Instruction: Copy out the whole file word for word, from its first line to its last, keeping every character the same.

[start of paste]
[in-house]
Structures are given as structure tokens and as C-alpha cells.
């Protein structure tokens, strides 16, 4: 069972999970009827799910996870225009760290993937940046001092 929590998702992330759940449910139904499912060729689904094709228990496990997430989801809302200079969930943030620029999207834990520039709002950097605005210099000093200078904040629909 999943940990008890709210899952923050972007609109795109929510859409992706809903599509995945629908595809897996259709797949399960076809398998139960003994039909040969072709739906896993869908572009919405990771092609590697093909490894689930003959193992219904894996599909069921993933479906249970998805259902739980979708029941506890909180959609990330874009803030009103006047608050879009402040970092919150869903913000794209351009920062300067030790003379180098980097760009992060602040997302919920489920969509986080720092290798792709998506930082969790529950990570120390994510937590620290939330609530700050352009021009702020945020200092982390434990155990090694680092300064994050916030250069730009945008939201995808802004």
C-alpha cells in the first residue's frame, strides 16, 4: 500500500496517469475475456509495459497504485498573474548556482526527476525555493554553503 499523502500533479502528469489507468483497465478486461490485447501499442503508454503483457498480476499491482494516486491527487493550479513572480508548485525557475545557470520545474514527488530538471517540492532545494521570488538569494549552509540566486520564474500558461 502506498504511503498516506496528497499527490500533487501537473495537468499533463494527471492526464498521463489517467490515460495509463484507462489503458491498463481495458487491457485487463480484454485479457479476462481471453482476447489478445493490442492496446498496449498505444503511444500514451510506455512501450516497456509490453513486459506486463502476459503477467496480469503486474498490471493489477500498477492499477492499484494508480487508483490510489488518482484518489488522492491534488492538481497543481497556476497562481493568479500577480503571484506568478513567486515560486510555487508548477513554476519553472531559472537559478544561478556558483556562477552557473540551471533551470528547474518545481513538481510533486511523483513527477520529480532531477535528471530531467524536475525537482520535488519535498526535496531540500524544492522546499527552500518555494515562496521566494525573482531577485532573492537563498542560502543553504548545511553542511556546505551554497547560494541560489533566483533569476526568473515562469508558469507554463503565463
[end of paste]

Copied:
[in-house]
Structures are given as structure tokens and as C-alpha cells.
């Protein structure tokens, strides 16, 4: 069972999970009827799910996870225009760290993937940046001092 929590998702992330759940449910139904499912060729689904094709228990496990997430989801809302200079969930943030620029999207834990520039709002950097605005210099000093200078904040629909 999943940990008890709210899952923050972007609109795109929510859409992706809903599509995945629908595809897996259709797949399960076809398998139960003994039909040969072709739906896993869908572009919405990771092609590697093909490894689930003959193992219904894996599909069921993933479906249970998805259902739980979708029941506890909180959609990330874009803030009103006047608050879009402040970092919150869903913000794209351009920062300067030790003379180098980097760009992060602040997302919920489920969509986080720092290798792709998506930082969790529950990570120390994510937590620290939330609530700050352009021009702020945020200092982390434990155990090694680092300064994050916030250069730009945008939201995808802004």
C-alpha cells in the first residue's frame, strides 16, 4: 500500500496517469475475456509495459497504485498573474548556482526527476525555493554553503 499523502500533479502528469489507468483497465478486461490485447501499442503508454503483457498480476499491482494516486491527487493550479513572480508548485525557475545557470520545474514527488530538471517540492532545494521570488538569494549552509540566486520564474500558461 502506498504511503498516506496528497499527490500533487501537473495537468499533463494527471492526464498521463489517467490515460495509463484507462489503458491498463481495458487491457485487463480484454485479457479476462481471453482476447489478445493490442492496446498496449498505444503511444500514451510506455512501450516497456509490453513486459506486463502476459503477467496480469503486474498490471493489477500498477492499477492499484494508480487508483490510489488518482484518489488522492491534488492538481497543481497556476497562481493568479500577480503571484506568478513567486515560486510555487508548477513554476519553472531559472537559478544561478556558483556562477552557473540551471533551470528547474518545481513538481510533486511523483513527477520529480532531477535528471530531467524536475525537482520535488519535498526535496531540500524544492522546499527552500518555494515562496521566494525573482531577485532573492537563498542560502543553504548545511553542511556546505551554497547560494541560489533566483533569476526568473515562469508558469507554463503565463